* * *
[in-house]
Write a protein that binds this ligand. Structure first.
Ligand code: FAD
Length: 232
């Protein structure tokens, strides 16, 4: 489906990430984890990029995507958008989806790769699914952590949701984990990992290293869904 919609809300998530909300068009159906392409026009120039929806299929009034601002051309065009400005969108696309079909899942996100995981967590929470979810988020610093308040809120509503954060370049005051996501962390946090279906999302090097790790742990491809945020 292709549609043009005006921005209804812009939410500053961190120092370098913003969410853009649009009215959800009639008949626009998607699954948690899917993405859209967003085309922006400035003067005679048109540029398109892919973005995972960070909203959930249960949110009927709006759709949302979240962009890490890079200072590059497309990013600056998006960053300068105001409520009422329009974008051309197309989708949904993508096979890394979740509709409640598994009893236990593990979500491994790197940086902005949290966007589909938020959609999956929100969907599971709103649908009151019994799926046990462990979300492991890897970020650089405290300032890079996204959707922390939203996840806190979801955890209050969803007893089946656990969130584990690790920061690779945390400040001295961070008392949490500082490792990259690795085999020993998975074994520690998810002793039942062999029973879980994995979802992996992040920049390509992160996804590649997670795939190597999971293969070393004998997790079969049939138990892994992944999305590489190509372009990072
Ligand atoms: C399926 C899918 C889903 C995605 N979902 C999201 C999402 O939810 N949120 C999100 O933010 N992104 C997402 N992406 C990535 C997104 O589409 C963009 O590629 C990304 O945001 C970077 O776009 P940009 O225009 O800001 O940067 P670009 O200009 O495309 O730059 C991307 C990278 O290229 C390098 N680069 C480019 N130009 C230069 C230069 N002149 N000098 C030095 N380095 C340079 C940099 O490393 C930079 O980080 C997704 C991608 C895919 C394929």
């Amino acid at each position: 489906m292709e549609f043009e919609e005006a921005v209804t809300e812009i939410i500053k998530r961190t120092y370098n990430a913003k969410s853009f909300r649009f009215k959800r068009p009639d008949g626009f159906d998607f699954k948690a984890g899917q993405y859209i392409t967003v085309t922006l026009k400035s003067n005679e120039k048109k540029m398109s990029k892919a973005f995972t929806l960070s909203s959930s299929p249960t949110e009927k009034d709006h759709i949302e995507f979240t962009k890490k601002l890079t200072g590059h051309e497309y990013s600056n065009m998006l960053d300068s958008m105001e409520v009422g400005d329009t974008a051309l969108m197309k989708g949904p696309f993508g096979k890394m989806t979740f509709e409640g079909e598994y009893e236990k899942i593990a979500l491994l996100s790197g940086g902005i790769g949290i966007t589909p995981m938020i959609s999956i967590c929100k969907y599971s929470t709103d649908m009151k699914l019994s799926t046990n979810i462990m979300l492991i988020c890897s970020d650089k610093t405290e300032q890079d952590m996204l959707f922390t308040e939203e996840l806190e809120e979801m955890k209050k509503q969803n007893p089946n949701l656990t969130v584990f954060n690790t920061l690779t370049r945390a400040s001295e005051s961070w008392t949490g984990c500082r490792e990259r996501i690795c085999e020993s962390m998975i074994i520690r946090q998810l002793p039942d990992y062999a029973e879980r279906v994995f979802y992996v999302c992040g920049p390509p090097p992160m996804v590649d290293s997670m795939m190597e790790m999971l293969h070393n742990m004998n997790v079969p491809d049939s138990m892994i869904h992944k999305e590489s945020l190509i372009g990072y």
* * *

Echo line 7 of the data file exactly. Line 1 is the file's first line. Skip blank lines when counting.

């Amino acid at each position: 489906m292709e549609f043009e919609e005006a921005v209804t809300e812009i939410i500053k998530r961190t120092y370098n990430a913003k969410s853009f909300r649009f009215k959800r068009p009639d008949g626009f159906d998607f699954k948690a984890g899917q993405y859209i392409t967003v085309t922006l026009k400035s003067n005679e120039k048109k540029m398109s990029k892919a973005f995972t929806l960070s909203s959930s299929p249960t949110e009927k009034d709006h759709i949302e995507f979240t962009k890490k601002l890079t200072g590059h051309e497309y990013s600056n065009m998006l960053d300068s958008m105001e409520v009422g400005d329009t974008a051309l969108m197309k989708g949904p696309f993508g096979k890394m989806t979740f509709e409640g079909e598994y009893e236990k899942i593990a979500l491994l996100s790197g940086g902005i790769g949290i966007t589909p995981m938020i959609s999956i967590c929100k969907y599971s929470t709103d649908m009151k699914l019994s799926t046990n979810i462990m979300l492991i988020c890897s970020d650089k610093t405290e300032q890079d952590m996204l959707f922390t308040e939203e996840l806190e809120e979801m955890k209050k509503q969803n007893p089946n949701l656990t969130v584990f954060n690790t920061l690779t370049r945390a400040s001295e005051s961070w008392t949490g984990c500082r490792e990259r996501i690795c085999e020993s962390m998975i074994i520690r946090q998810l002793p039942d990992y062999a029973e879980r279906v994995f979802y992996v999302c992040g920049p390509p090097p992160m996804v590649d290293s997670m795939m190597e790790m999971l293969h070393n742990m004998n997790v079969p491809d049939s138990m892994i869904h992944k999305e590489s945020l190509i372009g990072y």